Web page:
They call my generation digital natives, but the word “digital” is starting to feel very dated to me in most contexts. I think I’ve finally figured out why.
“Digital” seems like a word from a transitional era. When digital products were first released, it was necessary to distinguish them from their analog counterparts. Take the camera as an example. For over a hundred years, the word “camera” referred, without a doubt, to an analog device that takes photographs. At some point in the 1990s, it became necessary to distinguish between digital cameras and analog ones. “Digital” was a differentiator—a label that tasted of the future.
Today, digital is the default. To say that my iPhone’s camera is digital is to point out the obvious. Digital will soon be the default for other things as well (if it’s not already): tickets, music, newspapers, storytelling, etc. “Digital” is dated. It’s a moniker that, funnily enough, won’t make much sense to “digital natives.” “Digital” is just the way things are. My guess is that it’s only a matter of time before the word sounds as old as “information superhighway” or “cyber.”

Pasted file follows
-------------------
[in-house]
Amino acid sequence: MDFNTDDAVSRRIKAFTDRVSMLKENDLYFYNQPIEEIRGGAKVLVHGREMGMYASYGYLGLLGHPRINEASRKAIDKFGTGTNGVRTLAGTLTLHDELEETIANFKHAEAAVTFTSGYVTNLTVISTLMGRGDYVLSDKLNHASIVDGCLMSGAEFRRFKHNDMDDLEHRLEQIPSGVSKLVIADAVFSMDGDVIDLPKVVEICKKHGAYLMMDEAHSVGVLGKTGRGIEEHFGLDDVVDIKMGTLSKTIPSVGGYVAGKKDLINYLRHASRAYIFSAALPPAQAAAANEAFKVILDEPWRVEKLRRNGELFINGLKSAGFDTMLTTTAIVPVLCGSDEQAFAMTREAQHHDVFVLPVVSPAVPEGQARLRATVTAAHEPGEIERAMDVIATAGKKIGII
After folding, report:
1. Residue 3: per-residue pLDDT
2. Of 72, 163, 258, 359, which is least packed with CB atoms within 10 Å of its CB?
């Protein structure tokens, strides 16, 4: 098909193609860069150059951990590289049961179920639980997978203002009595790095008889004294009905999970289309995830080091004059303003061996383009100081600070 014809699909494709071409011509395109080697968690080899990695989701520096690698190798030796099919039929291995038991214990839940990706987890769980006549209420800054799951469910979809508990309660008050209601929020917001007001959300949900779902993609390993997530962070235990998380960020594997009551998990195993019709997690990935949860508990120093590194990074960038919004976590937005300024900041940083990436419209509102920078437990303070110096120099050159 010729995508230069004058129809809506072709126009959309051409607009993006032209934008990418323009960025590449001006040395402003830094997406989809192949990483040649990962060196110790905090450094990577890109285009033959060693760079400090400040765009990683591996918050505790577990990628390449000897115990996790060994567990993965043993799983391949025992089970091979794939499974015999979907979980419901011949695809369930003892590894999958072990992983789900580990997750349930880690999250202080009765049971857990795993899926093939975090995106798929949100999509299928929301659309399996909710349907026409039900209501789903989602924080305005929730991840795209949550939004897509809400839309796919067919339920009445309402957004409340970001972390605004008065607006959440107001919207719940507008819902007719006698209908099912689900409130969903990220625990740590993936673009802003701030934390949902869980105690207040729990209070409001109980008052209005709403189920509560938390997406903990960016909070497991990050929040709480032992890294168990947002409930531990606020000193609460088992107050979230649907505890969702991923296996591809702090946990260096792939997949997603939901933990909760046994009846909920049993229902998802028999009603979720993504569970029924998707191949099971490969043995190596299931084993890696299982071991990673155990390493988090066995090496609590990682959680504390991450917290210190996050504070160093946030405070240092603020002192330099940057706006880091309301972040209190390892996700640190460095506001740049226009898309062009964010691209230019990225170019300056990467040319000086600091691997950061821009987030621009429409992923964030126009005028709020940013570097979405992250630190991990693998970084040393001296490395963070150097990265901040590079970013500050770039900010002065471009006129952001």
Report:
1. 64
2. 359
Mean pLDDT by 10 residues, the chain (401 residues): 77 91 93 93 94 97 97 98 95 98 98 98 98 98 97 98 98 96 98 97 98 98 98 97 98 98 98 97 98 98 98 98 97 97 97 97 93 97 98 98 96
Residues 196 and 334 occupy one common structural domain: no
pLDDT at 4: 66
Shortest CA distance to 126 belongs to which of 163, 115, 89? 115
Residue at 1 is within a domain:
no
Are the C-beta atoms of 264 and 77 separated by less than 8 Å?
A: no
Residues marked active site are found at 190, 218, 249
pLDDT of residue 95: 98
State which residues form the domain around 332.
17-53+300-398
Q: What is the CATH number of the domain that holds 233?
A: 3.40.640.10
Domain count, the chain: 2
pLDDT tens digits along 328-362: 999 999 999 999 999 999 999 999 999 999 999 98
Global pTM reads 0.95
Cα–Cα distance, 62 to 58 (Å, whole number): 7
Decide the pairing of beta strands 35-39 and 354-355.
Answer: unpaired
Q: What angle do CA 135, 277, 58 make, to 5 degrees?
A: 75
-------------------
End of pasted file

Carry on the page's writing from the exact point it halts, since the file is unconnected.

In my writing class last semester, we read a piece from the early 20th century in which the author described a river’s branches as “digital.” Digital, in this context, meant “of or relating to a finger or fingers.” All the students in my class were caught off guard by the use of the word digital in such a natural context. My 60-something-year-old professor was less confused. It’s a strange turn of events, linguistically: a word once used to refer to our own two hands is now decidedly unhuman.